SOC202 3

Sociology of Marriage & Family

Concepts of marriage and family as social institutions; intimate relationships; human sexuality; roles, functions, change, and problems of American family. Pre-requisite: SOC 101. Open to first-years, sophomores and juniors. Seniors must obtain permission of the instructor. Limited to 25.

SOC205 3

Native Americans in the 21st Century

This course analyzes the interactions between Native Americans and non-Natives. It looks critically at meanings of tribal sovereignty and the changing dynamics of international relations. Federal and state policies related to land, constitutional governments, crime and law enforcement, tribal recognition, sacred cultural artifacts, and economic development are assessed. Limited to 25.

SOC216 3

Political Sociology

This class is a sociological review and analysis of political structure and power. The course will critically analyze: state structures, political parties, power, legitimacy, civil society, and the welfare state. Limited to 25.

SOC220 3

Cultural Anthropology

This course is an introduction to cultural anthropology and is designed as an exploration into the diversity of ways in which human beings perceive and order the social world. Topics covered include kinship, gender, language, ecology, economy, political organization, globalization, religion and worldview from a diverse array of cultural viewpoints. Course readings and films include both classic and contemporary ethnographies. Open to first-years and sophomores, upper-class students must obtain permission of the instructor. Limited to 25.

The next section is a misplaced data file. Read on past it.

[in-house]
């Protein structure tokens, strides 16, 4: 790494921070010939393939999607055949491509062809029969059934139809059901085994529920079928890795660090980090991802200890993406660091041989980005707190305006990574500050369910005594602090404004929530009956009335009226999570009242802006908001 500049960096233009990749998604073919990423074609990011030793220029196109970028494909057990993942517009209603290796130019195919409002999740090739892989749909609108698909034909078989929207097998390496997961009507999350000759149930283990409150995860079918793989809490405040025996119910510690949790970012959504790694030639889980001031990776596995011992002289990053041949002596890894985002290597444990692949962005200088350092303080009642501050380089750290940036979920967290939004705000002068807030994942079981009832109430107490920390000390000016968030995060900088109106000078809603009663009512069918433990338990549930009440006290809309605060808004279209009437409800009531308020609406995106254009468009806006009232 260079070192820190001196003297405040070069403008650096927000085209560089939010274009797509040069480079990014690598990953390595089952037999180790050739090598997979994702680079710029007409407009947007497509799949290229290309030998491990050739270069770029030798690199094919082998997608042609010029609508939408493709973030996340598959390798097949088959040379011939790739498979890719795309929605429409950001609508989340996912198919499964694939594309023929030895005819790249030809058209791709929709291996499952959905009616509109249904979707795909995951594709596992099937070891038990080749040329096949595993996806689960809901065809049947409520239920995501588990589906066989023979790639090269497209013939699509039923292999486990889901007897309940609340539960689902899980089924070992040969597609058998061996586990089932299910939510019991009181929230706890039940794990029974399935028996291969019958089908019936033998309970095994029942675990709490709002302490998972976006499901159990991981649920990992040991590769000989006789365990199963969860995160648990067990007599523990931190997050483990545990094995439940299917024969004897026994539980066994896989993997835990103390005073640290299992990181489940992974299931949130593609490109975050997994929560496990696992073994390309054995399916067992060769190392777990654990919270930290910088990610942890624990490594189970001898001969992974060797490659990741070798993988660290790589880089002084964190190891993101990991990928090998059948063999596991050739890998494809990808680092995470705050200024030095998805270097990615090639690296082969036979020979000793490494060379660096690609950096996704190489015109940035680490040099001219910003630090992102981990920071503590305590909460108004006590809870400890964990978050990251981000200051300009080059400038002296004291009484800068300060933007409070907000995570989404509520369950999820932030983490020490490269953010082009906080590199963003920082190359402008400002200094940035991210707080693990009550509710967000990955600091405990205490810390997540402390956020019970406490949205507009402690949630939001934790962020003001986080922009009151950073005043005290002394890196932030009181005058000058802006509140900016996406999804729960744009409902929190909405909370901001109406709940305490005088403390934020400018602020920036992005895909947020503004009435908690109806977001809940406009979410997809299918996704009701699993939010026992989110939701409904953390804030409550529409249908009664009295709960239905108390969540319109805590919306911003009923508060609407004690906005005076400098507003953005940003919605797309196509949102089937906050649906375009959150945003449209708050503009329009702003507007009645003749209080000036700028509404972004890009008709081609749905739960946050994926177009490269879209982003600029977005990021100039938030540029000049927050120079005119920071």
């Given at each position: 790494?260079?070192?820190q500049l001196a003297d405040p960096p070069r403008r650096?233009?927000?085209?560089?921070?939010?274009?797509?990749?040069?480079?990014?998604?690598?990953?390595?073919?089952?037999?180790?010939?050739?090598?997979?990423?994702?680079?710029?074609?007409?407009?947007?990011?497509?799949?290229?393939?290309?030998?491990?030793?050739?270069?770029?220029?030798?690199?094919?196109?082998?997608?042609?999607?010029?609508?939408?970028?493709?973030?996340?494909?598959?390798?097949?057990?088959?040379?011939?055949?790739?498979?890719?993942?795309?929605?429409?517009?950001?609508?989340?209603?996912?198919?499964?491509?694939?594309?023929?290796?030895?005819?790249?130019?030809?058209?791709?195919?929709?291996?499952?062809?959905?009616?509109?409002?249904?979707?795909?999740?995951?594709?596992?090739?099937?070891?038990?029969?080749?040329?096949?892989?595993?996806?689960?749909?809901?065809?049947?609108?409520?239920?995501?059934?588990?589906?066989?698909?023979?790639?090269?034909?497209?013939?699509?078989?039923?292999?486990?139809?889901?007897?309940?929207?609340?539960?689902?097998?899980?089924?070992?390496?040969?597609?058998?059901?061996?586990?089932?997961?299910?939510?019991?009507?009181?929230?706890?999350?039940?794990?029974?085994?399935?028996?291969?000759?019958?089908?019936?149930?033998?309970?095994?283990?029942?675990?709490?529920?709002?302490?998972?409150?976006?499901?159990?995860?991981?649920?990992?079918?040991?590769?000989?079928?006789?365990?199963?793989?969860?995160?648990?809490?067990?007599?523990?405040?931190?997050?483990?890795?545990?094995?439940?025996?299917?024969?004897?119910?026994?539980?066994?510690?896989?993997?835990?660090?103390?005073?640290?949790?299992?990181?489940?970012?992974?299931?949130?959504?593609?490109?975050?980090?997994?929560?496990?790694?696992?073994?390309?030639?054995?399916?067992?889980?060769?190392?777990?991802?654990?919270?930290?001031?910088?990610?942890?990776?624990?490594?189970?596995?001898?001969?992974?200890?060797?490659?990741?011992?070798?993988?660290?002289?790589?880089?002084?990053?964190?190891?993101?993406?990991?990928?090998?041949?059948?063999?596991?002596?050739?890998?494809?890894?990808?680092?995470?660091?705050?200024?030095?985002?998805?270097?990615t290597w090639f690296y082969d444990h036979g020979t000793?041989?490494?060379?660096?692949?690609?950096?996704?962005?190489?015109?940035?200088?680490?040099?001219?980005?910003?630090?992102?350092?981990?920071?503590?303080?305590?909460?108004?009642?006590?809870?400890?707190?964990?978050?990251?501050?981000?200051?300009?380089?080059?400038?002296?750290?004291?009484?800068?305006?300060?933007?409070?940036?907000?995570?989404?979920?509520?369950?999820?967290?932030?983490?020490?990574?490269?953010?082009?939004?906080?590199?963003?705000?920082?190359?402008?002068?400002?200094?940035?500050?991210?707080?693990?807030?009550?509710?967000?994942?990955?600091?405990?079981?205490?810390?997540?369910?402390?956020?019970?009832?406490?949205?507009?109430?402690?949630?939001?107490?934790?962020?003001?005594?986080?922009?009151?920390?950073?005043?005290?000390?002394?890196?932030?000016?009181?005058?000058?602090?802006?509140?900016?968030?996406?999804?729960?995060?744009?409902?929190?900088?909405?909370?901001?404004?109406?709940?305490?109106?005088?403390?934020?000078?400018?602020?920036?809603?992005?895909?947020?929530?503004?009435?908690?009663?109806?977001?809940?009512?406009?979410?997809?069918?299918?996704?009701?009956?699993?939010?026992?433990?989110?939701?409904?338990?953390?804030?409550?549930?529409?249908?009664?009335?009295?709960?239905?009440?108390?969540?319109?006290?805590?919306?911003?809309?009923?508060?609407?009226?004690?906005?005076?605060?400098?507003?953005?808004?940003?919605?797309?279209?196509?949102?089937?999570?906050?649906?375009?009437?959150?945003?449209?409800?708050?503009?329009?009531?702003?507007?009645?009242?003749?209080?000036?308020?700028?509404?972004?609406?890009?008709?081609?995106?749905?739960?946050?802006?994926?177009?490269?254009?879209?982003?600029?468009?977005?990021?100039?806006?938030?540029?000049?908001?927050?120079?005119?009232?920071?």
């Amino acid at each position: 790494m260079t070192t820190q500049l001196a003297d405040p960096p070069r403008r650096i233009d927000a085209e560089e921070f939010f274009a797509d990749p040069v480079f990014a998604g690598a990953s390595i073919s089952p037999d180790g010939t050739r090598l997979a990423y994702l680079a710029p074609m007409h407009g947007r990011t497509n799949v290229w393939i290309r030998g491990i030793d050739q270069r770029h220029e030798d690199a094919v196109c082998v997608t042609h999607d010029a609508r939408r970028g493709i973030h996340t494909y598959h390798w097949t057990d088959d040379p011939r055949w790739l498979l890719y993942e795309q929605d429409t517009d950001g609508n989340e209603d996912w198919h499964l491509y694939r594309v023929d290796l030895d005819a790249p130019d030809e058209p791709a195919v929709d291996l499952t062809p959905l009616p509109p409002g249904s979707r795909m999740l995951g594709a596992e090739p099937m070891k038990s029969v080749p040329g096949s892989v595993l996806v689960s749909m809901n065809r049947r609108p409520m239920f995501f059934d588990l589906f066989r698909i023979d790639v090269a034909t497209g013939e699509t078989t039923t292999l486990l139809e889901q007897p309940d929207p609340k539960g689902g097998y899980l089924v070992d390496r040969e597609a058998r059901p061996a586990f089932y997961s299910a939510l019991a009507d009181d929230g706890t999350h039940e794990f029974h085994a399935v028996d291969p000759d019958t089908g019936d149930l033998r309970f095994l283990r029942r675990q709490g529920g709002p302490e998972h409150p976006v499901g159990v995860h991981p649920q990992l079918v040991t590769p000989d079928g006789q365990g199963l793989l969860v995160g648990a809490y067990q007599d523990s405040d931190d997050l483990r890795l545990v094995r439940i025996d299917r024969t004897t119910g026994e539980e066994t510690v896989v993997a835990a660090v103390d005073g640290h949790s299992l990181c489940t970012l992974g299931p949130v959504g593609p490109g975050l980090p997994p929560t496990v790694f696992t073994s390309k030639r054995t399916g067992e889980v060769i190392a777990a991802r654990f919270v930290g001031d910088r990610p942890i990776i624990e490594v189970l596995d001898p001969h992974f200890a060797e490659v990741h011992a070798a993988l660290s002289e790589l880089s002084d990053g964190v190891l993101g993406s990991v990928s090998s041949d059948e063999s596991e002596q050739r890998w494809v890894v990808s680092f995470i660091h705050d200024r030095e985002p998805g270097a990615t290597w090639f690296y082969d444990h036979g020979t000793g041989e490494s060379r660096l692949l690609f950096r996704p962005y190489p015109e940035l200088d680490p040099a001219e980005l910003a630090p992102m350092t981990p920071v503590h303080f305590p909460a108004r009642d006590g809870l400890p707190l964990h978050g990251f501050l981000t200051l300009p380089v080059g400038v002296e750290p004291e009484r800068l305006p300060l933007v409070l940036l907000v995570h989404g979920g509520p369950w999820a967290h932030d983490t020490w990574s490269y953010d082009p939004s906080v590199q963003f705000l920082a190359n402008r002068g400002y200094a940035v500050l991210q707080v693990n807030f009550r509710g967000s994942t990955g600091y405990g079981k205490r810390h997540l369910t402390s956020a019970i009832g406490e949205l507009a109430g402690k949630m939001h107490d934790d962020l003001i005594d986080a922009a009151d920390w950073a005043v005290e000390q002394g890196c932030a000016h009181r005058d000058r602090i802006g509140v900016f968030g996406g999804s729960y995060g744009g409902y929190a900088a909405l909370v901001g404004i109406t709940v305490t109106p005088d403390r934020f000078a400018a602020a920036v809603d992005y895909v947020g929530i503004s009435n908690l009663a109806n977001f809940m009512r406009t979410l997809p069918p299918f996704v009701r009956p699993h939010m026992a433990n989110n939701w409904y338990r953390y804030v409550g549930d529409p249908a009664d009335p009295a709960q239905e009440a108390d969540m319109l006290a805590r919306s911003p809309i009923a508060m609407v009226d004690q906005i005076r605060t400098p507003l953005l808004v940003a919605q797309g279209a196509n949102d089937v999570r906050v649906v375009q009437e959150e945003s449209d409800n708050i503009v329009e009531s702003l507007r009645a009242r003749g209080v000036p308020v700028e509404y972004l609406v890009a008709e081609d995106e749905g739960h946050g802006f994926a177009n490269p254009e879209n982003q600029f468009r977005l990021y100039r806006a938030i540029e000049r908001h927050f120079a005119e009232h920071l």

SOC228 3

Language & Culture

An overview of linguistic anthropology and sociolinguistics, the study of the relationship between language, culture, and society. The nature of human language will be explored by studying language in a variety of social contexts with the goal of better understanding how language and culture interact to reflect, maintain, alter, and create social worlds in which we live. Limited to 25.

SOC233 3

Racial & Ethnic Diversity

Immigration, history, patterns of intergroup relations, modes of adaptation, social, economic, and political conditions, and contributions of selected racial and ethnic communities: The English and the Anglo-Saxons; Irish Americans; Italian Americans; Jewish Americans; Native Americans; African-Americans; Latino and Hispanic Americans; and Asian Americans. Limited to 25.

SOC234 3

Sociology of Gender

Course will distinguish between sex and gender and critically examine how social historical meanings about femininity and masculinity are socially constructed, reinforced, and challenged. Considers how gender differences and gender inequality play out in a variety of institutions including education, the economy, the family, politics, religion, the media and medicine. Critical perspectives, including feminist and multi-cultural approaches, will be employed. Limited to 25.

SOC237 3

Introduction to Museum Studies

Survey of museology that introduces students to the history of museums and debates about their role in society. Through case studies of ethnographic, history, and art museums students will explore the relationships between museums, their missions, those they represent, and the communities in which they reside. Pre-requisite: SOC 101 or SOC 228. Limited to 25.